1It was common in the early modern era to tie one’s philosophical reflections to the service of God and religion. Yet when it comes to Berkeley’s metaphysical system, he not only believes that his speculations are consonant with the doctrines of Christianity, he also thinks that he has diagnosed a central cause of ungodliness and atheism. Immaterialism is not only compatible with Christianity, but he alleges that it is in part the remedy for atheism. Here I allege that Berkeley has a positive case for believing both that materialism (by which I mean the belief in the existence of material substance and not simply material monism, thus mind-body dualists are materialists in this sense) is more likely to lead people to atheism and that immaterialism is a better fit with Christian doctrine. I am not arguing for the truth of Christianity or any kind of theism; instead I am only arguing in this paper that Berkeley has a plausible set of reasons for linking elements of materialism to atheism and hence for promoting his ontology on religious grounds. Adherence to a form of materialism is more likely to lead to the sorts of situations that incline the unwary to skeptical doubts and irreligious positions. That said, I should note that my efforts here are a part of a larger project, where I contend that if one wants to be a theist, then there is a reasonable case to be made that one ought to be an immaterialist. 
Immaterialism and Religion: Natural and Revealed
2Berkeley believes that the application of reason reveals that immaterialism is consonant with the dictates of natural religion. He frequently talks about how he can better establish the existence of God, the natural immortality of the soul, and other similar claims.  His intention to defend natural religion is most clear in the introduction to the Three Dialogues.
“As it was my intention [in the Principles] to convince skeptics and infidels by reason, so it has been my endeavor strictly to observe the most rigid laws of reasoning. And, to an impartial reader, I hope, it will be manifest, that the sublime notion of God, and the comfortable expectation of immortality, do naturally arise from a close and methodical application of thought: whatever may be the result of that loose, rambling way, not altogether improperly termed free-thinking, by certain libertines in thought, who can no more endure the restraints of logic, than those of religion, or government.”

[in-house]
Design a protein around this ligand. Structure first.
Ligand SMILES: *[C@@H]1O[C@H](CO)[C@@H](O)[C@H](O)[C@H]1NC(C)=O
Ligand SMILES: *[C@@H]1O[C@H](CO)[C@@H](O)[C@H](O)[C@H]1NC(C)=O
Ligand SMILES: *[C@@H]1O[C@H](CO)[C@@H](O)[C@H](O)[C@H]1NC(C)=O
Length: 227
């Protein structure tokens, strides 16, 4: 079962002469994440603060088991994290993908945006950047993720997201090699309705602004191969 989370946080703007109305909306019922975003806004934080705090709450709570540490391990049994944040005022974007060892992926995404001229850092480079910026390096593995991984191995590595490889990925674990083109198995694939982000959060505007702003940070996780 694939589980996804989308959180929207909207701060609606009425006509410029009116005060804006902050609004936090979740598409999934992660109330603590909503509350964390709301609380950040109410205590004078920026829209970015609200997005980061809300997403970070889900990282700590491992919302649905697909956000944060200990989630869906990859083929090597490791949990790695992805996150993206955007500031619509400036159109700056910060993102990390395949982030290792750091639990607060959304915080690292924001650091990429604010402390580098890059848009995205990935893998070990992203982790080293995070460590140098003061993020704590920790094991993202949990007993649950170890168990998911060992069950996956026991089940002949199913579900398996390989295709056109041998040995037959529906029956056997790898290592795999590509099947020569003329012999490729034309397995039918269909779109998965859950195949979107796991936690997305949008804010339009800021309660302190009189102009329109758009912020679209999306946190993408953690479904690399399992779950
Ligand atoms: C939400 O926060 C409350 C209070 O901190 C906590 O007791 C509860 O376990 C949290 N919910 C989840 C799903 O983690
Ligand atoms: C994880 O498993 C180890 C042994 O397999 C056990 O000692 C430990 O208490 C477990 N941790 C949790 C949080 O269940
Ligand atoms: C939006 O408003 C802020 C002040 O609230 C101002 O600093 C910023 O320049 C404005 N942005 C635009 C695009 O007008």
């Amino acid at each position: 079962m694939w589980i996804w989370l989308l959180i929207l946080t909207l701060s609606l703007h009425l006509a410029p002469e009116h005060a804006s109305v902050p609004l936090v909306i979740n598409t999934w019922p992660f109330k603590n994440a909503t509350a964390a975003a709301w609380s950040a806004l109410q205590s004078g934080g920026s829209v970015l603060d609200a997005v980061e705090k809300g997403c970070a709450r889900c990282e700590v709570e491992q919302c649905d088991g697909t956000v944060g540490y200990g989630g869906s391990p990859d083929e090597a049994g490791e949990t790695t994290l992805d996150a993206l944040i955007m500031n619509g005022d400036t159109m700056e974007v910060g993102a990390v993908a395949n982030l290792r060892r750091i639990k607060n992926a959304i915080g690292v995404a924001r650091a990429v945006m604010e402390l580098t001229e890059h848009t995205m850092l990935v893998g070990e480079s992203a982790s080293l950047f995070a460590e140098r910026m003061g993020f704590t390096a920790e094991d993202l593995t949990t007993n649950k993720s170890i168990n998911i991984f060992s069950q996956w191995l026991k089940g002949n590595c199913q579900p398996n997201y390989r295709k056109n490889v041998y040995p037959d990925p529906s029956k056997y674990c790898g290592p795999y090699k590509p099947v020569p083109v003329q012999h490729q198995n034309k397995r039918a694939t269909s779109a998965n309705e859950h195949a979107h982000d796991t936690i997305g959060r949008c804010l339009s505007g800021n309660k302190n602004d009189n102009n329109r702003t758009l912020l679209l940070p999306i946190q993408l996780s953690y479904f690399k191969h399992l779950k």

4That Berkeley thinks the entire value of his project hinges on whether his philosophical system promotes the consideration of God and defeats the challenges of atheistic skeptics has been well noted before. What has not been sufficiently emphasized, however, is exactly why Berkeley believes that positing the existence of matter is so pernicious. Furthermore, few have taken Berkeley’s claim that immaterialism promotes the cause of Christianity seriously.  Imma-terialism, he tells us, not only better reveals the truths of natural religion but also more accurately guides theists to the one true religion of Christianity. There is a sense in which Berkeley seems to believe that immaterialism may well save your soul.
5Berkeley is not quite as obvious and heavy-handed in his discussions of the Christian value of immaterialism as he is with respect to some other issues, but that seems to be principally because he had reserved much of that discussion for his ill-fated second part of the Principles.
“Having done with the objections […] we proceed in the next place to take a view of our tenets in their consequences. Some of these appear at first sight, as that several difficult and obscure questions, on which abundance of speculation hath been thrown away, are entirely banished from philosophy. Whether corporeal substance can think? Whether matter be infinitely divisible? And how it operates on spirit? These and the like inquiries have given infinite amusement to philosophers in all ages. But depending on the existence of matter, they have no longer any place on our principles. Many other advantages there are, as well with regard to religion as the sciences, which it is easy for anyone to deduce from what hath been premised. But this will appear more plainly in the sequel.”